Gurney Chase, Petitioner, v. Director, Office of Personnel Management, Washington, D.c.;united States Merit Systems Protection Board, Respondents, 695 F.2d 790 (4th Cir. 1982)Annotate this Case
Argued Nov. 11, 1982. Decided Dec. 22, 1982
David P. Voerman, New Bern, N.C. (Perdue, Voerman & Alford, New Bern, N.C., on brief), for petitioner.
Joseph T. Knott, Asst. U.S. Atty., Raleigh, N.C. (Samuel T. Currin, U.S. Atty., Raleigh, N.C., on brief), for respondents.
Before RUSSELL and HALL, Circuit Judges, and GORDON,* District Judge.
Gurney Chase petitions for judicial review of a final order of the Merit Systems Protection Board (MSPB) denying his voluntary application for civil service disability retirement benefits. This denial affirmed a decision of the Office of Personnel Management (OPM) which found that Chase had failed to establish that he was totally disabled for useful and efficient service in his position as an aircraft mechanic. We find the statute does not provide for judicial review of voluntary physical disability retirement claims, and dismiss Chase's petition.
Chase was employed as a civilian aircraft mechanic at the Naval Air Rework Facility at Cherry Point, North Carolina, for approximately 14 years. On April 25, 1980, at the age of 39, Chase applied for civil service disability retirement benefits under 5 U.S.C. § 8337(a) because of "constant lower abdominal and back pain." He terminated his employment on June 3, 1980.
On September 9, 1980, OPM notified Chase that his application for retirement had not been approved because total disability for useful and efficient service as an aircraft mechanic had not been shown. Upon reconsideration, OPM affirmed this denial of benefits. From that decision Chase appealed to the MSPB.
The MSPB conducted an evidentiary hearing on June 18, 1981, where all the evidence that had been before the OPM was examined and Chase and his wife were permitted to testify. On the basis of the medical evidence and thorough review of the entire record, the MSPB affirmed the OPM's decision denying Chase disability retirement benefits. The MSPB denied appellant's request for review of its initial decision, and Chase sought judicial review by this Court pursuant to 5 U.S.C. § 7703(a) (1).
We are initially confronted with the question of whether this Court has jurisdiction to hear this appeal. Determination of this question rests almost entirely upon the applicability of certain statutes.
The appellant argues that we have jurisdiction under 5 U.S.C. § 7703(a) (1), the general judicial review provision for final orders of the MSPB, which states: "Any employee or applicant for employment adversely affected or aggrieved by a final order or decision of the Merit Systems Protection Board may obtain judicial review of the order or decision."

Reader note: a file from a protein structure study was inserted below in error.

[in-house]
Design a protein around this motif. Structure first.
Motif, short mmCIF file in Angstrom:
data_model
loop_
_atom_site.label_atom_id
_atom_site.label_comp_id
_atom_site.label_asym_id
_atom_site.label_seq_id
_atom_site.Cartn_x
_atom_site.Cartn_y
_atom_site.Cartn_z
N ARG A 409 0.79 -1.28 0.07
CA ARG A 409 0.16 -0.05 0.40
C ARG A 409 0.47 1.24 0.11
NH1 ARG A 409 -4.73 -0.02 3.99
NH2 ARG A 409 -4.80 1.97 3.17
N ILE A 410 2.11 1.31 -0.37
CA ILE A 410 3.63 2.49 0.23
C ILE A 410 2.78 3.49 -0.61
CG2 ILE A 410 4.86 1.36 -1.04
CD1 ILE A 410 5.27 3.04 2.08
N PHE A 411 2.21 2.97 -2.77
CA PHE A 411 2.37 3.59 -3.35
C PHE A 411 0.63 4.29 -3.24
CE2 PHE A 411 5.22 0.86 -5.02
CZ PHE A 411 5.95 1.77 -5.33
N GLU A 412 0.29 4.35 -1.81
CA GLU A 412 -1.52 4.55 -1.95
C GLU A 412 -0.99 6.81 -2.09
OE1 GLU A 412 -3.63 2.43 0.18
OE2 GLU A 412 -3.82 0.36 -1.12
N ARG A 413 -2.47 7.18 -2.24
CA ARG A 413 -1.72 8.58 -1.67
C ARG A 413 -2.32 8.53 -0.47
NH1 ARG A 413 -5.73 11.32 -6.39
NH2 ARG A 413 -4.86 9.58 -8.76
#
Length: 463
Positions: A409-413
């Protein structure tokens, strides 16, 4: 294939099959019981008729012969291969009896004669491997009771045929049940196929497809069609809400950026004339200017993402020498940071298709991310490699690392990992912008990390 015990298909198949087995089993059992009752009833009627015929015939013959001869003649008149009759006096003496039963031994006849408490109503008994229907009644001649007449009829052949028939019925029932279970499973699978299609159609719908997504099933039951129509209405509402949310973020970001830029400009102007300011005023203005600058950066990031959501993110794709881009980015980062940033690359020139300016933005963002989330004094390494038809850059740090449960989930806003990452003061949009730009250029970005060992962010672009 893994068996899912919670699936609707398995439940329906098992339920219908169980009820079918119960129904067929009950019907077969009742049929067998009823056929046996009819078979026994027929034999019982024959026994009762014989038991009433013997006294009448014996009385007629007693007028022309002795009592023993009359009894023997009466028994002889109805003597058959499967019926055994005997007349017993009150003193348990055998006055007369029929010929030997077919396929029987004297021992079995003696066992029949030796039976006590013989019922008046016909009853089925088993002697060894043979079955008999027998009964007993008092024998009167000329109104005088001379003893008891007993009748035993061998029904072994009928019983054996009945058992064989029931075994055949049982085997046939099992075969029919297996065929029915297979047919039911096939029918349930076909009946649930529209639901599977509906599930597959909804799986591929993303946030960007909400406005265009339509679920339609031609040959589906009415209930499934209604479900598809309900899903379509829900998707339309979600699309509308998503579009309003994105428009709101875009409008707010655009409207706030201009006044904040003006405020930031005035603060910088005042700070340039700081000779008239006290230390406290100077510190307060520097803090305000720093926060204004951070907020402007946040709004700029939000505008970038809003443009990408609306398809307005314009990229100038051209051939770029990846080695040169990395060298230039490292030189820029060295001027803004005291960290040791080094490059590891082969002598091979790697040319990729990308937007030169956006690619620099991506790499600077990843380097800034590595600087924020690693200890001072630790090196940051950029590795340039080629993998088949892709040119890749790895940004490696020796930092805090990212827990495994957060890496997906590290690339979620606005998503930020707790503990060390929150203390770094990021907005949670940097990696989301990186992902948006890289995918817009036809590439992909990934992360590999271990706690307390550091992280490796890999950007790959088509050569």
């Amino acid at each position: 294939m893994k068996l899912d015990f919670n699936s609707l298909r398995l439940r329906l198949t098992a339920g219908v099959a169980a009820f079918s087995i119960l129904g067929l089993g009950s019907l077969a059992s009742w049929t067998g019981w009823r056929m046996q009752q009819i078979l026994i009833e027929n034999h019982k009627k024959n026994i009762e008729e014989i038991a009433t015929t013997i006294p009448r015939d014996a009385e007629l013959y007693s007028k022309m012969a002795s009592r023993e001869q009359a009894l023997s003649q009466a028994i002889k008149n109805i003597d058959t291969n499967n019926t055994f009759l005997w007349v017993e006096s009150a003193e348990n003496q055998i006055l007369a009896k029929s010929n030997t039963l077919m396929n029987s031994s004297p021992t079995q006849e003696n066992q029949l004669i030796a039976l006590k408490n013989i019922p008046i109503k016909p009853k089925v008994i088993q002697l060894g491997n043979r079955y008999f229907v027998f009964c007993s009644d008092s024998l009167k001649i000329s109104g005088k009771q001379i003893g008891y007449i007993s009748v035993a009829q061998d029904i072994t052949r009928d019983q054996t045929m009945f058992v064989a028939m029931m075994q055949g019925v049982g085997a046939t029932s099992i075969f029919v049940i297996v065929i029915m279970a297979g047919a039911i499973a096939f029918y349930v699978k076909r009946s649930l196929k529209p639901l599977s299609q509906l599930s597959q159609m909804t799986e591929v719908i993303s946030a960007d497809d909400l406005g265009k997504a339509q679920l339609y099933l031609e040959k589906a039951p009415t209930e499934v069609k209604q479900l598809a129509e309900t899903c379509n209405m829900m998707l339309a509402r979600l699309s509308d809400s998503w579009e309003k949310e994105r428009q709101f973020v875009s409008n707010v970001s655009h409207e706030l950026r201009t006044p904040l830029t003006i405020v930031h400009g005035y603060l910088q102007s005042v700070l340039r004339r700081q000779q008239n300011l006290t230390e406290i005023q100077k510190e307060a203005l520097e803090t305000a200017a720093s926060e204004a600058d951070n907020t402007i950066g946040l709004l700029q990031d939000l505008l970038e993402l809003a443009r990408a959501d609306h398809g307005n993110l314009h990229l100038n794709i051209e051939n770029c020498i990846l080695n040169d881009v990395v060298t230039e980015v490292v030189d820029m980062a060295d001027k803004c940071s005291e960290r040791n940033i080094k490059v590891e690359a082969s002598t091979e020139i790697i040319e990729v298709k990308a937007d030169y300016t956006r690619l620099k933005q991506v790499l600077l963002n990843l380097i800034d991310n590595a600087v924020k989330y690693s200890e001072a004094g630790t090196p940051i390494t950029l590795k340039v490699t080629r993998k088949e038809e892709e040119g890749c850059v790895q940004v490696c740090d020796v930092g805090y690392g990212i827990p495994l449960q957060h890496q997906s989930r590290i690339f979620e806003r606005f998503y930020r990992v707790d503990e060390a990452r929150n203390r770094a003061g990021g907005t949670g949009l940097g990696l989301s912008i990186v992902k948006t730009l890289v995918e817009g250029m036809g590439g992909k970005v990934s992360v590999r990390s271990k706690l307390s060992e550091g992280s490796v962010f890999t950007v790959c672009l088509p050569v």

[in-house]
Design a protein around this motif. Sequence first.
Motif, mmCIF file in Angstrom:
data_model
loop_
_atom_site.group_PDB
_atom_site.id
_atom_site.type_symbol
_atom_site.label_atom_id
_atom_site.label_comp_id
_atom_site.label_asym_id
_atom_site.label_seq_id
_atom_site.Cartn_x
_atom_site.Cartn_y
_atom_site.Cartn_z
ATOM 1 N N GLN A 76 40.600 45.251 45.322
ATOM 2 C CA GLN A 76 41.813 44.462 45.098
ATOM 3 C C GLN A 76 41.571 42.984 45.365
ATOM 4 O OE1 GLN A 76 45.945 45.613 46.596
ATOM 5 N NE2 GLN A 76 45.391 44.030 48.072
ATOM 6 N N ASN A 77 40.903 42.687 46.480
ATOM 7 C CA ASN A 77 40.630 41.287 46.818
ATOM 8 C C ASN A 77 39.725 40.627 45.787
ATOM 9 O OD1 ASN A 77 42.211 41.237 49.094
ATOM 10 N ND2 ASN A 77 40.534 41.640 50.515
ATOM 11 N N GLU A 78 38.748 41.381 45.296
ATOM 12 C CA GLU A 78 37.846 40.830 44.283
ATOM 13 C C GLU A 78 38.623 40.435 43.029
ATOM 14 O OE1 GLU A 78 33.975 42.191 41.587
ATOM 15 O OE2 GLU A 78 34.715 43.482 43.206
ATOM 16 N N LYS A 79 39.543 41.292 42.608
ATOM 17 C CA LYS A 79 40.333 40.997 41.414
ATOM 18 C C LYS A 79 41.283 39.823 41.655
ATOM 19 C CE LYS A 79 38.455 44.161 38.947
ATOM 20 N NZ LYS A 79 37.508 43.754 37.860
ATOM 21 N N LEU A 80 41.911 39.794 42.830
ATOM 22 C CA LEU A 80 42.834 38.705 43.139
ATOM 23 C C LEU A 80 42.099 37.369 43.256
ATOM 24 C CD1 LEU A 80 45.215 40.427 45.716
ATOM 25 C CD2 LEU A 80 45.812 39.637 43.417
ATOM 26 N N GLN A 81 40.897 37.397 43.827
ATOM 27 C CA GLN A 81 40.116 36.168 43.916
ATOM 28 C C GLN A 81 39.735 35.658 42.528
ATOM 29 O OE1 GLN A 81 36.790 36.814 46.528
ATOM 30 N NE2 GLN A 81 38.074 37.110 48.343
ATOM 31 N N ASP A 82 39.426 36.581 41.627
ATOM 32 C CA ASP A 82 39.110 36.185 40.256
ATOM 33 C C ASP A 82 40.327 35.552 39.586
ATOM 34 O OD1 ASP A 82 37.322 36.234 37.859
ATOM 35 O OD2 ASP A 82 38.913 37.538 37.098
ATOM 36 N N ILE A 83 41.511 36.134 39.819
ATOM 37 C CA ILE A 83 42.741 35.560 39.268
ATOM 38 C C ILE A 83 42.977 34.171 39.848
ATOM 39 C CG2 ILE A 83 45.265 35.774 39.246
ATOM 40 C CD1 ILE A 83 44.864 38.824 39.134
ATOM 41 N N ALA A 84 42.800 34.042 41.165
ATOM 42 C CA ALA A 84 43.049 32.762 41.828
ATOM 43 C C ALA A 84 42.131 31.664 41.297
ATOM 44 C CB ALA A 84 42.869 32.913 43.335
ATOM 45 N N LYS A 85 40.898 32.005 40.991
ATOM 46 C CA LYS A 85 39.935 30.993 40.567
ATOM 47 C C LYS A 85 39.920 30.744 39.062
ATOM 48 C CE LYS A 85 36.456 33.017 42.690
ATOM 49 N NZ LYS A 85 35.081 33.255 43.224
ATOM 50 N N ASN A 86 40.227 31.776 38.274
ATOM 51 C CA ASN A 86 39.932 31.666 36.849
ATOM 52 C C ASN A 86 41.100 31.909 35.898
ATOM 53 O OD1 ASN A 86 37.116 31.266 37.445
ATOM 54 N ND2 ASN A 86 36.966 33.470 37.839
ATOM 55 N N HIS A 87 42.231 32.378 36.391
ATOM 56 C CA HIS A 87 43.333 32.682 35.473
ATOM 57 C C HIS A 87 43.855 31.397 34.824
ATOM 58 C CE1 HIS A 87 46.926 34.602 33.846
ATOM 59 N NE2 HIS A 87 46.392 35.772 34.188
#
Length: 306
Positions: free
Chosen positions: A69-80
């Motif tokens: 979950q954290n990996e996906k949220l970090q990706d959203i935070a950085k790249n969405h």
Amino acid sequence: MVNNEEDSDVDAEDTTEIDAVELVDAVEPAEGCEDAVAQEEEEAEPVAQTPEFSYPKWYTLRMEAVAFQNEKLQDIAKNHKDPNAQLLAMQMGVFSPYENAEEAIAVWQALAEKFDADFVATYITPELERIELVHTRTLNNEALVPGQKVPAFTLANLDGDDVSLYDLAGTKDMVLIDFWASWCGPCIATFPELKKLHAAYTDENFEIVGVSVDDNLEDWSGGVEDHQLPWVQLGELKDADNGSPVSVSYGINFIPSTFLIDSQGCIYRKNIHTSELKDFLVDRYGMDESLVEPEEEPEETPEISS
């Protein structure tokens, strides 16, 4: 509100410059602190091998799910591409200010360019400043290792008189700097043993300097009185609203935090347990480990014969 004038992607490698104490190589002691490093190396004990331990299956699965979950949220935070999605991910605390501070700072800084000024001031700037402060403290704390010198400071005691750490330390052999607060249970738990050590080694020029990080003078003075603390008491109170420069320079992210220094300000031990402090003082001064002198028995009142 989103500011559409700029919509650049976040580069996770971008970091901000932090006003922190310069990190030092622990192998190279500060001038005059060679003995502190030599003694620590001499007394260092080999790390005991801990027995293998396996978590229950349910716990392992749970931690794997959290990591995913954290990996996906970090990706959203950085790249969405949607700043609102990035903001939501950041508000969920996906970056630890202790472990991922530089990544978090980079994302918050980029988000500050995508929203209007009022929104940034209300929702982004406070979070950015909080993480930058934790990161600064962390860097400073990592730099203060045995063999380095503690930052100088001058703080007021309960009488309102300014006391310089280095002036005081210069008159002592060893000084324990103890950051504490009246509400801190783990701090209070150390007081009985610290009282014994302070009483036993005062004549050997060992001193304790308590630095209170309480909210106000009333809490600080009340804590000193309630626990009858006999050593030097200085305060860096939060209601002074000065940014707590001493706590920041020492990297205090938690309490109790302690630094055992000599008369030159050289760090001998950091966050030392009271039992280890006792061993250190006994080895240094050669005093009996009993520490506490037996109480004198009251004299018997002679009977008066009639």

The government, on the other hand, depends upon the language of 5 U.S.C. § 8347(c), as amended in 1980, which, in defining the rights of applicants for disability, states in pertinent part: "Except to the extent provided under subsection (d) of this section, the decisions of the Office concerning these matters are final and conclusive and are not subject to review.1 We agree with the government and find that under the facts of this case we have no jurisdiction.
The Eighth Circuit in Morgan v. Office of Personnel Management, Merit Systems Protection Board, 675 F.2d 196 (8th Cir. 1982), upon facts strikingly similar to what we have here, held that Sec. 8347(c) precludes judicial review of disability retirement decisions, except for those decisions involving agency-initiated involuntary applications based on the employee's mental condition. We find this decision to be correct and applicable to this case.
The appellant urges upon appeal the rule stated by the Court of Claims in Scroggins v. United States, 397 F.2d 295, 297, 184 Ct. Cl. 530, cert. denied, 393 U.S. 952, 89 S. Ct. 376, 21 L. Ed. 2d 363 (1968), and followed by the Ninth Circuit in Parodi v. Merit Systems Protection Board and Office of Personnel Management, 690 F.2d 731 (9th Cir. 1982), that "... at best, a court can set aside the Commission's determination 'only where there has been a substantial departure from important procedural rights, a misconstruction of the governing legislation, or some like error going to the heart of the administrative determination.' " We are not here confronted with such error and find those cases to be inapposite.
In sum, we hold that 5 U.S.C. § 8347(c) precludes judicial review of MSPB decisions in voluntary disability retirement decisions, such as the case at bar. Accordingly, appellant's petition is dismissed.
Honorable Eugene A. Gordon, Senior United States District Judge for the Middle District of North Carolina, sitting by designation
5 U.S.C. § 8347(d) (1) clearly permits an individual to appeal an adverse disability retirement decision of the OPM to the MSPB. Subsection (d) (2) concerns agency-initiated disability claims based upon the individual's mental condition. This subsection permits judicial review but has no application to the disability claimed here